The USC Andrew and Erna Viterbi School of Engineering USC Signal and Image Processing Institute USC Ming Hsieh Department of Electrical Engineering University of Southern California

Technical Report USC-SIPI-426

“Emotional speech production: From data to computational models and applications”

by Jangwon Kim

December 2015

Speech is one of the most common and natural means of communication, conveying a variety of information, both linguistic and paralinguistic. The paralinguistic information is crucial in verbal communication, because rich meaning (e.g., nuance, tone) in spoken language, and the states (e.g., emotion, health, gender) and traits (e.g., personality) of the speaker are encoded and decoded in paralinguistic factors. These two aspects of information (linguistic and paralinguistic) are encoded into speech sound jointly and simultaneously by the actions of speech articulators. Hence, a better understanding of production aspects of speech can shed further light on the information encoding (and decoding) mechanism of verbal communication. This dissertation seeks a better understanding of the articulatory control strategy for the multi-layered information encoding process, as well as developing computational models for expressive speech production system. This describes my achievements in the research pathway on emotional speech production, including data collection, data processing, analysis, computational modeling and applications.The first is development of algorithms and software for data processing: (i) robust parameterization of magnetic resonance images and (ii) co-registration of real-time Magnetic Resonance Imaging (rtMRI) data and ElectroMagnetic Articulography (EMA) data. These algorithms allow automatic and robust extraction of articulatory information of interest from these speech production data.

The second is collection (and release) of the USC-EMO-MRI corpus: a novel multimodal database of emotional speech production, recorded using the rtMRI technology. This corpus is designed as a resource to study inter- and intra-speaker variability in both articulatory and acoustic signals of emotional speech.

The third is novel findings and insight on emotional speech production. The specific sub-topics are (i) the vocal tract shaping of emotional speech, (ii) articulatory variability of emotional speech, depending on the linguistic criticality of the articulator, and (iii) invariant properties and variation patterns in speech planning and execution components for emotional speech. Specifically, for (i) this dissertation investigates inter- and intra-speaker variability using the USC-EMO-MRI corpus. For (ii), this dissertation reports experimental results suggesting that the large variability of linguistically less critical articulators is an important source of emotional information, and its relationship with the controls of corresponding critical articulators. This also offers novel insight regarding the relationship, based on computational modeling and simulation experiments. For (iii), this offers novel findings on the invariant properties and variation patterns in the perspective of the Converter/Distributor model.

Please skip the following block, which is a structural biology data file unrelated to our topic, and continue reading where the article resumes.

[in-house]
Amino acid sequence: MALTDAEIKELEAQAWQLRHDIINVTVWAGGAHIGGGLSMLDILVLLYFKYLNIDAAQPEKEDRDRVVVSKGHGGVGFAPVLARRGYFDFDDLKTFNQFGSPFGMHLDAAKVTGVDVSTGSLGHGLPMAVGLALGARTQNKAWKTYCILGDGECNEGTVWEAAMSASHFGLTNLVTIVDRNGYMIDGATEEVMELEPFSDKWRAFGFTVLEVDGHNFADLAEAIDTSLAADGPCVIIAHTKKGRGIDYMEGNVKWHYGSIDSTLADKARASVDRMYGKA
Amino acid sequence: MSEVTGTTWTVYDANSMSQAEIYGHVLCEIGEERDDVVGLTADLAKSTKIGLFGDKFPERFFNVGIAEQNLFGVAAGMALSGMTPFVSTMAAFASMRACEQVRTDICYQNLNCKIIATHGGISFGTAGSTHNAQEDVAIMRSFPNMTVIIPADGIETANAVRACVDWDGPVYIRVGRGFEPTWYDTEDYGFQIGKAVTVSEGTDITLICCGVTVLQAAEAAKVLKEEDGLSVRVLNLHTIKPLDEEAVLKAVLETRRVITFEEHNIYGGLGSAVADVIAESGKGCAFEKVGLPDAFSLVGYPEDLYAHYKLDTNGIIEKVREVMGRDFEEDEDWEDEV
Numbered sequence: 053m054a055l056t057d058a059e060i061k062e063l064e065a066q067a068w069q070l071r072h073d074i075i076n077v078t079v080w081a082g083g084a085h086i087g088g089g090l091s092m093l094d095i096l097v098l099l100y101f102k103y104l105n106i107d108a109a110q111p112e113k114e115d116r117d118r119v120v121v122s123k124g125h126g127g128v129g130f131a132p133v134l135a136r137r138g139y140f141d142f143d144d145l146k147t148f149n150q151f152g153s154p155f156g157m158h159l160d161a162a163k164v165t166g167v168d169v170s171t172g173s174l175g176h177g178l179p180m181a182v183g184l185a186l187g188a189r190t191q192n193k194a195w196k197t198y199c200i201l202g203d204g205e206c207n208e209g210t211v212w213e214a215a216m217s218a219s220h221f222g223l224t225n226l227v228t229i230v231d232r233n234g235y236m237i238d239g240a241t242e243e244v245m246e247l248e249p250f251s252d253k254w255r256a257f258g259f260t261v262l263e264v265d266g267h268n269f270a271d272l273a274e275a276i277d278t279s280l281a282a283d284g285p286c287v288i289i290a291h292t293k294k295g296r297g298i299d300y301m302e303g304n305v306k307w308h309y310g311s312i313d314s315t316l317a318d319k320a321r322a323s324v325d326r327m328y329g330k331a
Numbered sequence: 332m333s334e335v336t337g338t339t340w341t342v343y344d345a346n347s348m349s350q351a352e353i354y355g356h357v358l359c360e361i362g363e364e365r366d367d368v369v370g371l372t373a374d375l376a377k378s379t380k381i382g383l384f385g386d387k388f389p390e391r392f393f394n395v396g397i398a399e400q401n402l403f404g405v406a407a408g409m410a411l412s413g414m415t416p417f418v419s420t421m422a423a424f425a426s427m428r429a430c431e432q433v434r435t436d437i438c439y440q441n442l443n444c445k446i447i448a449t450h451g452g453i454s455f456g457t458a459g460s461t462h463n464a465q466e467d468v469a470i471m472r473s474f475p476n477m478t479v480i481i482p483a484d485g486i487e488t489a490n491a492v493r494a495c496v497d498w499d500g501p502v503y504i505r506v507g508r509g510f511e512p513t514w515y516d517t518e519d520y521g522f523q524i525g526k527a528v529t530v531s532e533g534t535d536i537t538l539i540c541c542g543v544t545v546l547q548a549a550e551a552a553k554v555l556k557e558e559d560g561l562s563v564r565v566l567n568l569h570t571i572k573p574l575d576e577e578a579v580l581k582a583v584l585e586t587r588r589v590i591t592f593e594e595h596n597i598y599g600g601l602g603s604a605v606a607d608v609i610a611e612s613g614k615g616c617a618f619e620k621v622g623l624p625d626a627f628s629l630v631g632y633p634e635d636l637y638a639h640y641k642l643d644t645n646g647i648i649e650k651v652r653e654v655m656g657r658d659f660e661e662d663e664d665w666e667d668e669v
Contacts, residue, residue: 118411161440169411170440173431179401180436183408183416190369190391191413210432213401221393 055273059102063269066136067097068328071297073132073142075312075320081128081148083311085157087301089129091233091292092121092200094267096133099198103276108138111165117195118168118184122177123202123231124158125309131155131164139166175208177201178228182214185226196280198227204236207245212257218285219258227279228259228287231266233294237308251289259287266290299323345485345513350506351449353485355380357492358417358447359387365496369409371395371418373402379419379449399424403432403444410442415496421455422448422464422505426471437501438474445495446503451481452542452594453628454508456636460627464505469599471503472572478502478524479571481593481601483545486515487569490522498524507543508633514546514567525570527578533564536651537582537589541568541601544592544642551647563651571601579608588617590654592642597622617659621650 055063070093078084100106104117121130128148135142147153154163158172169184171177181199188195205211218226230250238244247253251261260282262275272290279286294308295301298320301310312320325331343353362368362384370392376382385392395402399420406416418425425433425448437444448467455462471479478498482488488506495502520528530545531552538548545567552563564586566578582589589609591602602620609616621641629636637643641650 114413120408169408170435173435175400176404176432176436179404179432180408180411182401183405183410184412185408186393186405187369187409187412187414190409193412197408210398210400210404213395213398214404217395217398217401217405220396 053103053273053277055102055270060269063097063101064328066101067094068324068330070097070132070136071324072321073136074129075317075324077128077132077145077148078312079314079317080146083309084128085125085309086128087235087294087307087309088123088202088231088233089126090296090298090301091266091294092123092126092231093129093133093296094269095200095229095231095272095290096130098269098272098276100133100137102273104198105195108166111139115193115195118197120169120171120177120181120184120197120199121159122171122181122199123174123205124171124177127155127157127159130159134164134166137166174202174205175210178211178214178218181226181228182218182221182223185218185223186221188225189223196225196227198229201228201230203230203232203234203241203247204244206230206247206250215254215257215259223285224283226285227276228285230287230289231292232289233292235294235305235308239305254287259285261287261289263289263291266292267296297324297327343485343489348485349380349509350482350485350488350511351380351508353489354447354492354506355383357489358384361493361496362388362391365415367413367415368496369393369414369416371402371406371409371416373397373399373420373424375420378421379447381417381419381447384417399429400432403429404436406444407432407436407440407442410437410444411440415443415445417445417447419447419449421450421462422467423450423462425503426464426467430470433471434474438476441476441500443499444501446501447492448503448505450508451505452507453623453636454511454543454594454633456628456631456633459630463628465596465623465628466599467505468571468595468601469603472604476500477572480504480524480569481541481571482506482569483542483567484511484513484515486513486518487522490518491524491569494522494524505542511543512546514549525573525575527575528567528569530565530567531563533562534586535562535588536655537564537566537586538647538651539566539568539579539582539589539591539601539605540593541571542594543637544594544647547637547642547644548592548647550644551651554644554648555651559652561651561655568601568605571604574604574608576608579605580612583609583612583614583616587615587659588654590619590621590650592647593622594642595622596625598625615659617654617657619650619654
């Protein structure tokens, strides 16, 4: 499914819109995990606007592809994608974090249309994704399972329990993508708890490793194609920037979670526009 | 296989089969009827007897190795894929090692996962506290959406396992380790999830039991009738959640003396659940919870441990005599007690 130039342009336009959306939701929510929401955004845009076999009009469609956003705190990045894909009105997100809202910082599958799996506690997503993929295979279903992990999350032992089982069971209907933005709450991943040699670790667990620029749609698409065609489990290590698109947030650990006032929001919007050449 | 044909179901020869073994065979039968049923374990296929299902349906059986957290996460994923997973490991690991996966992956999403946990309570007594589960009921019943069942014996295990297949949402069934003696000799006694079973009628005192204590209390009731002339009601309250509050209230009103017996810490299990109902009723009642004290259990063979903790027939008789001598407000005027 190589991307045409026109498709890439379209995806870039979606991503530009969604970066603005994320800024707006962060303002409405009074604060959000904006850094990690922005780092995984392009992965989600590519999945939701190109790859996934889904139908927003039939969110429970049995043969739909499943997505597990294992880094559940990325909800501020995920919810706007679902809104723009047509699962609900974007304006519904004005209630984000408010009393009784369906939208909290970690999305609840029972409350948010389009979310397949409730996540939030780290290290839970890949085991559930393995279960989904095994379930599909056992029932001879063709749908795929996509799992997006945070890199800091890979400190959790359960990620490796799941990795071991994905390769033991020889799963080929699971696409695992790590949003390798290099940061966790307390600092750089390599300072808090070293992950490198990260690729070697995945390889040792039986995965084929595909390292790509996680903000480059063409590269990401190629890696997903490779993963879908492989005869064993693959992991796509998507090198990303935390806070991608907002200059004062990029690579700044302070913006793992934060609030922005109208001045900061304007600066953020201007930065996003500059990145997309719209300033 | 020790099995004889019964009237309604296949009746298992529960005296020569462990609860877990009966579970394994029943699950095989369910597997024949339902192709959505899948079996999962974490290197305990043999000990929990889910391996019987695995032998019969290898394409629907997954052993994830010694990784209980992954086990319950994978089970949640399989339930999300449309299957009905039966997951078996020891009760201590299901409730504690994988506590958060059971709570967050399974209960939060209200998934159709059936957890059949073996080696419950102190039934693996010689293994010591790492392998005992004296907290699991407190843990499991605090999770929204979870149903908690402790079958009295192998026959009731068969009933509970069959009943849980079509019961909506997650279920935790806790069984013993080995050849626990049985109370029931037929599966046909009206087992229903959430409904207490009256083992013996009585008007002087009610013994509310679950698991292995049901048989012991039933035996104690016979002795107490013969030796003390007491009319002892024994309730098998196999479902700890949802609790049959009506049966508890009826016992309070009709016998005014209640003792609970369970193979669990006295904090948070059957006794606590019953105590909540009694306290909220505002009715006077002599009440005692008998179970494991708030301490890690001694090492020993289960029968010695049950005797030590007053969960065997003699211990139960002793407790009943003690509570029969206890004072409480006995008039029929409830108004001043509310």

Finally, the fourth is development of a computational framework to predict rich articulatory information (anatomical point tracking, vocal tract shaping, morphology) from speech waveform. The articulatory information is extracted from production data recorded using multiple data acquisition modalities (rtMRI and EMA) after registering the data of different modalities. Deep learning model is used to learn the acoustic-to-articulatory (inverse) mapping. The benefit of using rich articulatory parameters for inversion mapping and emotion classification application is discussed.

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